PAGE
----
Here’s a video of a very similar process to the FKG workflow, using Chords as the compositor. Both the RGB and Luma outputs are active in this example.

Let’s take a look at the simplest patch you can make to recreate this. A good photo of the patch is fine if it gets annoying to annotate in the illustration. Capture a screenshot of the RGB outputs when patched directly to your output as well as a screenshot of the FKG3 out. Try to just establish that RGB passthru thru FKG3 looks consistent with direct passthru first, without any other sources connected. Then as a third screenshot, replace the RGB cables with a direct connection between Cortex Luma out and the Red/Luma input jack on FKG3.

1 Like

Alright, got to sit down and approach this again this morning. I have here patch diagrams for all the steps and a grid comparison as @7pip suggested.


As soon as the CBV passed signal through the FKG the tint appeared.

CBV as BG, RGB as FG

I went through meticulously to find the point when the tinting appeared, and only in configurations where CBV and FKG were used was any tint apparent. Here are the rest of the tested configurations.
No Diagram for Visual Cortex RGB passthrough

FKG pass through

CBV pass through



At this point, I think it’s pretty easy to say the FKGs are contributing to the tint, clearly more so on the dual FKG passes. It’s hard to say that I think that the FKGs are solely responsible for the tinting, being that in the pass throughs, no tint is apparent. I’d imagine the reasoning behind this falls in line with something @pbalj mentioned on the discord server. The CBV has both an AC coupled output and is clearly not in-spec with typical LZX modules. I can say from my own uses with it I have had it colorize the final output of Visual Cortex with the sort of typical rainbow noise seen of BPCM and T+ circuit bends.

I’m still perplexed why the discoloration has this specific turquoise tone, being I’ve never seen that through any combination of modules which included the CBV. It’s also worth note that I went and specifically set saturation to 0% on then Atomos D/A converter I’ve used throughout all of the images in this thread, to remove the possibility of the converter tinting the video.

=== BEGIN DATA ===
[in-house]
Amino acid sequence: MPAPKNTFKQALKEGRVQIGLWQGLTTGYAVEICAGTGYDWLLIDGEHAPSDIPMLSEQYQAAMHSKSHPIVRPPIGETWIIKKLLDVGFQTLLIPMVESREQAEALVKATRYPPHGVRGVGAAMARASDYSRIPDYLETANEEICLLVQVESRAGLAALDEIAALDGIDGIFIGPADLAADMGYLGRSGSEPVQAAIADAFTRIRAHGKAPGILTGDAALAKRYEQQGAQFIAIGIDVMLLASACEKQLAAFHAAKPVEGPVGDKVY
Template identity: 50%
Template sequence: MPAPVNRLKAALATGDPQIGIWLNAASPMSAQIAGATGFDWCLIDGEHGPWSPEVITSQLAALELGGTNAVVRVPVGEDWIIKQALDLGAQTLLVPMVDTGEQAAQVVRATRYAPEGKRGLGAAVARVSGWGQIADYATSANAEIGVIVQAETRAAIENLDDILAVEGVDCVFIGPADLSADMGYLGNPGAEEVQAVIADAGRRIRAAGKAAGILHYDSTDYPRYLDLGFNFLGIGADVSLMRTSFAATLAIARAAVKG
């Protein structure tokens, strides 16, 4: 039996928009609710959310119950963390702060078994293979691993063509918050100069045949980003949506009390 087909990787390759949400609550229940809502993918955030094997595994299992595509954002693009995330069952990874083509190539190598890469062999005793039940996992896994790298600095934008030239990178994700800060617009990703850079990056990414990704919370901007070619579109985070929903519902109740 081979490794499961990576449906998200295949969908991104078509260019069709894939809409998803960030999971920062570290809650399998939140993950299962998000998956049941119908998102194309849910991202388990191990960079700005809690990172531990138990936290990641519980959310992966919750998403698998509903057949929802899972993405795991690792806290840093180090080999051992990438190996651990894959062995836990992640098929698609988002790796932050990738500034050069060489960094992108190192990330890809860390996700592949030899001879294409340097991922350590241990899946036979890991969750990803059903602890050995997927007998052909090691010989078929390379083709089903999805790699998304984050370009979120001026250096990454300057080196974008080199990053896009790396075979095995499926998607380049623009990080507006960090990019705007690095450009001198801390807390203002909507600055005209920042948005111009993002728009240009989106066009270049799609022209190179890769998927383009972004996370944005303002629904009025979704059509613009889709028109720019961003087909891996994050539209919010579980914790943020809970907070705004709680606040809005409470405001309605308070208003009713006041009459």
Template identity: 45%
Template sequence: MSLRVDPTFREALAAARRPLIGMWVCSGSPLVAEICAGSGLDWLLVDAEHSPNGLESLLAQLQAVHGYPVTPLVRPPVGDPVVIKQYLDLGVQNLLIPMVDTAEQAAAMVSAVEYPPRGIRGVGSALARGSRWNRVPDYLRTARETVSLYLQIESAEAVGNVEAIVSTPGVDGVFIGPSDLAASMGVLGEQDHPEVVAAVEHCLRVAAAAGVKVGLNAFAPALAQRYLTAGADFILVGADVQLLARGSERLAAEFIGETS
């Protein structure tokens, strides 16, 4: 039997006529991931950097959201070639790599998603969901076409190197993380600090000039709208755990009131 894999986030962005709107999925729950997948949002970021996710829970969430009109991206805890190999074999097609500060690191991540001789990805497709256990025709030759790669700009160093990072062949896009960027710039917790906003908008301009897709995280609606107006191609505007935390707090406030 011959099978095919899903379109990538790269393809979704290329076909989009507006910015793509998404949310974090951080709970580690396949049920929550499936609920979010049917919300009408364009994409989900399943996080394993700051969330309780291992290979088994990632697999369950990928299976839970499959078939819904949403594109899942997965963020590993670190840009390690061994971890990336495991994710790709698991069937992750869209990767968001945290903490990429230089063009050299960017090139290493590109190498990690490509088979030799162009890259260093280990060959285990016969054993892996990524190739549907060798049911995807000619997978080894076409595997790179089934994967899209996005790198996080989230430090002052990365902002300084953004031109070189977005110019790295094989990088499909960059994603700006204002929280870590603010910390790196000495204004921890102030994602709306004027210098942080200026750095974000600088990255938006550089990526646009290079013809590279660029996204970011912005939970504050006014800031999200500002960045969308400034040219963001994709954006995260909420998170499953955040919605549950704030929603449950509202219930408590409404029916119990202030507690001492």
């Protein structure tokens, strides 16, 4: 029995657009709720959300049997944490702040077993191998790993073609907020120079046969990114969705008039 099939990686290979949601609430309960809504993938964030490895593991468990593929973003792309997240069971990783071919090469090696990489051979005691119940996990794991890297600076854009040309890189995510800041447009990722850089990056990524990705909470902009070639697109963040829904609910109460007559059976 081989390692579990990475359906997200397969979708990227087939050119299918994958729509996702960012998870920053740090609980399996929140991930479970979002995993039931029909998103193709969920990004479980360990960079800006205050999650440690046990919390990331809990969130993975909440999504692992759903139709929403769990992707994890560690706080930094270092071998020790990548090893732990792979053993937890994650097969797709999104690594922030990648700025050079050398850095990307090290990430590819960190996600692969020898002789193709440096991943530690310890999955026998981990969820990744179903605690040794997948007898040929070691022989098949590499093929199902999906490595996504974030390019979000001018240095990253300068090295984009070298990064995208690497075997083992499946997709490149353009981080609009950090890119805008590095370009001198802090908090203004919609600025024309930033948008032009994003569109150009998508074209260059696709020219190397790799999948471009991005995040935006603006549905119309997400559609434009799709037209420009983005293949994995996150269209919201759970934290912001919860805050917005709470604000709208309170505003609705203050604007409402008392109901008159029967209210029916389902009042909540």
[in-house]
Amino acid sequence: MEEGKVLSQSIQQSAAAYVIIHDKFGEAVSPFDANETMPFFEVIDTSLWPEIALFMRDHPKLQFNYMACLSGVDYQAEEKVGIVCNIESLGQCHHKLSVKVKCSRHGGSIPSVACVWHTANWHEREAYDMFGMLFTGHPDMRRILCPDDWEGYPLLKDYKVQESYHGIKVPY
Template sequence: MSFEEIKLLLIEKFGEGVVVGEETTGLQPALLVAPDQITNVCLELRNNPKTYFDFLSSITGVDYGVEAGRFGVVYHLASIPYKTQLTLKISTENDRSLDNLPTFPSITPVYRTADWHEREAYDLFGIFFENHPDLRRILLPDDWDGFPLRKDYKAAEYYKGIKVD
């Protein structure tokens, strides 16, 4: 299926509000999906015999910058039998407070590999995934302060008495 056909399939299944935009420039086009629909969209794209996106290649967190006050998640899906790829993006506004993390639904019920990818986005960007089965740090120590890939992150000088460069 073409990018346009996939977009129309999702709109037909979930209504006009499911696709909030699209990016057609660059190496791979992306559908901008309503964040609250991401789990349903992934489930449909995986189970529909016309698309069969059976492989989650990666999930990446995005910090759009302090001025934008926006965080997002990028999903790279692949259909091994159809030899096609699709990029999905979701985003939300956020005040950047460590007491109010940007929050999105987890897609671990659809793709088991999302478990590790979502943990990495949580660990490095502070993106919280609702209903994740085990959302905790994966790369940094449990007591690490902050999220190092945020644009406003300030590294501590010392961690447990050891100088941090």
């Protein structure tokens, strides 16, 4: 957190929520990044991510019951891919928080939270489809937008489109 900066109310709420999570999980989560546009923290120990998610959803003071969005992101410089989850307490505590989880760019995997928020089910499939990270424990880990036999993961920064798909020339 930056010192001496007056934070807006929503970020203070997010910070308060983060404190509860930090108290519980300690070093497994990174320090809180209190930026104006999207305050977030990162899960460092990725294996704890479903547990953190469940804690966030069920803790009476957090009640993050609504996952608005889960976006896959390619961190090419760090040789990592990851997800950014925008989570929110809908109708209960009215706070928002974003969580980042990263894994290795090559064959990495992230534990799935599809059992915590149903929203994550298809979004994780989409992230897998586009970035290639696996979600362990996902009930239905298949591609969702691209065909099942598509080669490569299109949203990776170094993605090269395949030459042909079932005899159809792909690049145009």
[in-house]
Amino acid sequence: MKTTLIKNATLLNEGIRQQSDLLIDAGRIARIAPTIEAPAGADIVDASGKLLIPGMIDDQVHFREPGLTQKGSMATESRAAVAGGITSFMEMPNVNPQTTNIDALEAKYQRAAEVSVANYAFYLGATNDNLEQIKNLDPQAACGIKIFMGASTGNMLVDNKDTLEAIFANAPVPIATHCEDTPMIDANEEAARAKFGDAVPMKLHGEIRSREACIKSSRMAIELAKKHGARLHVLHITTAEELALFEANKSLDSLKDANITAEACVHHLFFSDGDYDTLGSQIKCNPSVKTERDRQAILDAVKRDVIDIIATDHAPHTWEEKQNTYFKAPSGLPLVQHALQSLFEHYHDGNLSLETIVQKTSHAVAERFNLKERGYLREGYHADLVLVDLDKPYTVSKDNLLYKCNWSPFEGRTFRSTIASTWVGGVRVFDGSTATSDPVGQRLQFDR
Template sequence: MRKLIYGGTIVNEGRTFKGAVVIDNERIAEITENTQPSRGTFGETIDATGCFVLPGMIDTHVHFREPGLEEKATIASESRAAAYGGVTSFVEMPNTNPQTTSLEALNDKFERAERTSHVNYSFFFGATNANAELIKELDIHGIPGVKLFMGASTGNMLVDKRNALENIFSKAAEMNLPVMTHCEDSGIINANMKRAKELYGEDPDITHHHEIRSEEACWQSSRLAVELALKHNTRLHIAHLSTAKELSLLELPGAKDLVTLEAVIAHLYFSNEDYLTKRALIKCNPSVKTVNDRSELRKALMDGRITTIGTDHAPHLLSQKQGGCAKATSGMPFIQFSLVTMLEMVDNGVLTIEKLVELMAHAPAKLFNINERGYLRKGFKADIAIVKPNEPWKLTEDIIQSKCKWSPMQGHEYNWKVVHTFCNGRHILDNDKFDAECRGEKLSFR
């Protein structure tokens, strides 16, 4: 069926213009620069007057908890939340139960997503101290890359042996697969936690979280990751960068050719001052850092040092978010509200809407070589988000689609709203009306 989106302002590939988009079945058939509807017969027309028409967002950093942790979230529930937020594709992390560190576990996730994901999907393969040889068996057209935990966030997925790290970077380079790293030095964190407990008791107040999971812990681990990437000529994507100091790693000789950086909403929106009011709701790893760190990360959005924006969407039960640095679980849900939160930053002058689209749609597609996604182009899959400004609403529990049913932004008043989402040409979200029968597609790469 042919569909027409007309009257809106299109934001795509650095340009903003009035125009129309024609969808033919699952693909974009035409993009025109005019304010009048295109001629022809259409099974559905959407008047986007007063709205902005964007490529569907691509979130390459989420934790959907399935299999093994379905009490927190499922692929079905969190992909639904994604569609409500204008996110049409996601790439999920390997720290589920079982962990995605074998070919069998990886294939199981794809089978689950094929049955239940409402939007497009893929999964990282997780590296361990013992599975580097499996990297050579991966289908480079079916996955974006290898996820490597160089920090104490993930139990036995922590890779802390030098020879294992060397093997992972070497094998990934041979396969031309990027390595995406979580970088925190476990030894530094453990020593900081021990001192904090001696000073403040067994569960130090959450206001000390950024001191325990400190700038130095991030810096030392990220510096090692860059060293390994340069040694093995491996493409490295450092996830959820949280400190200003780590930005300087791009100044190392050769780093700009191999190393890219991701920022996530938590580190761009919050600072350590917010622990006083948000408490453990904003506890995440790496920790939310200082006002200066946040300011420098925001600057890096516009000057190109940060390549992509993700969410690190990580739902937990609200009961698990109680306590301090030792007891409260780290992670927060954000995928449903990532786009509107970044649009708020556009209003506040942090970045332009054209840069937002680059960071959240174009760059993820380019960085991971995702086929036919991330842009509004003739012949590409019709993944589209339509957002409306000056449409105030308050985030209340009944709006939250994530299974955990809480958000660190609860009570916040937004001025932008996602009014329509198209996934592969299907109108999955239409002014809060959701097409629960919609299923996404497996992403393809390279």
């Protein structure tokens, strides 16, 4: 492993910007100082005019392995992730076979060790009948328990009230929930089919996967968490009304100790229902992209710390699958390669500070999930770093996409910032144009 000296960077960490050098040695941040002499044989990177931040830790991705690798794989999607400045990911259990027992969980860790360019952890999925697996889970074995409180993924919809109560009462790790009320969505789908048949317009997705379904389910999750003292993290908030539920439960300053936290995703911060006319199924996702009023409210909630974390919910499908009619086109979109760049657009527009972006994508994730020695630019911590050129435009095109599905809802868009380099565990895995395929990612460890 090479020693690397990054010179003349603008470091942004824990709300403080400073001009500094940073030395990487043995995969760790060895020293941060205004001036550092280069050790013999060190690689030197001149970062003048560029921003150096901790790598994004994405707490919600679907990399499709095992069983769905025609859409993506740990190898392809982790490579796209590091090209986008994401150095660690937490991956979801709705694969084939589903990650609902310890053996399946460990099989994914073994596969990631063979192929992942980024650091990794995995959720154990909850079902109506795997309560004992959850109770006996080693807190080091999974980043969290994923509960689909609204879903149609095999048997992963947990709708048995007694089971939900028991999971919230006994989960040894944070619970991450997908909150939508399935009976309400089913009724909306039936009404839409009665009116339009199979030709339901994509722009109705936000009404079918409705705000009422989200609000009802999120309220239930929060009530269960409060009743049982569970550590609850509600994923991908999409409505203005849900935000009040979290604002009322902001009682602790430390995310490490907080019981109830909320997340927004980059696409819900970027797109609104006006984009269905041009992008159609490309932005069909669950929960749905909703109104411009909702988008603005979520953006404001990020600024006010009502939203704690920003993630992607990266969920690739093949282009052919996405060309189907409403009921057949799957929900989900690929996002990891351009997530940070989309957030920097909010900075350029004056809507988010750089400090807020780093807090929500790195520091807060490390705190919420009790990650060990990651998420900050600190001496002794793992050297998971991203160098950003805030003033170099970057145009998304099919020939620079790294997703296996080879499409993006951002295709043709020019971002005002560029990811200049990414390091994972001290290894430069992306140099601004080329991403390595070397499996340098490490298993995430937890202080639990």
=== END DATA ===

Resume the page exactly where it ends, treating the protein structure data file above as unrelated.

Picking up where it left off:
EDIT In the interest of thoroughness I’ve added two more tests and diagrams. Luma signal is buffered to avoid bleed at the input, which is an issue on the composite input, as well as with the predecessor the AVE mod.

Luma only CBV + FGK invert

Luma to RGB CBV + FKG invert

1 Like

Not sure if it is a digital artifact, the '70s edition KISS comic book I just licked, or the firmware on my retinas but I see blue in the CBV pass through. Anyone who hasn’t licked their comic books today see it too?


Just went through that entire region with the eyedropper tool, surprisingly, more than anything else the green value was highest, with red and blue staying equal within ±3.
Also @7pip I’ve got Kiss the Demons of Rock. They printed some of those in real LSD.

1 Like

well then… sounds like all thats left to do now is to find a place with a decent sale on pitchforks. i went down to ace hardware in akron and they told me they were all out of pitchforks but had a couple mannequins. not sure whats goin on up ar

1 Like

I bet what you’re seeing is subcarrier/high frequency oscillation bleeding through (from CBV) into a composite output. Do you still see the tint if you view Cortex’s Component output instead?

In any case, try simplifying the patch to this and see if you have the same tint. If so, it’s more evidence to confirm the above theory.

Shown: Remove 7 cables (red). Add 2 cables (blue).

So make use of those normalled inputs on FKG3! If the source is mono, you just patch to the red jack and the other colors inherit from it (cascading normalization scheme is shown on frontpanel diagram.)


I’ve got enough time to test it so let me grab some extra cables! Also I did add some extra patch diagrams in which the normalled inputs on FKG3 are distributing Luma from VC to RGB rather than the buff mult.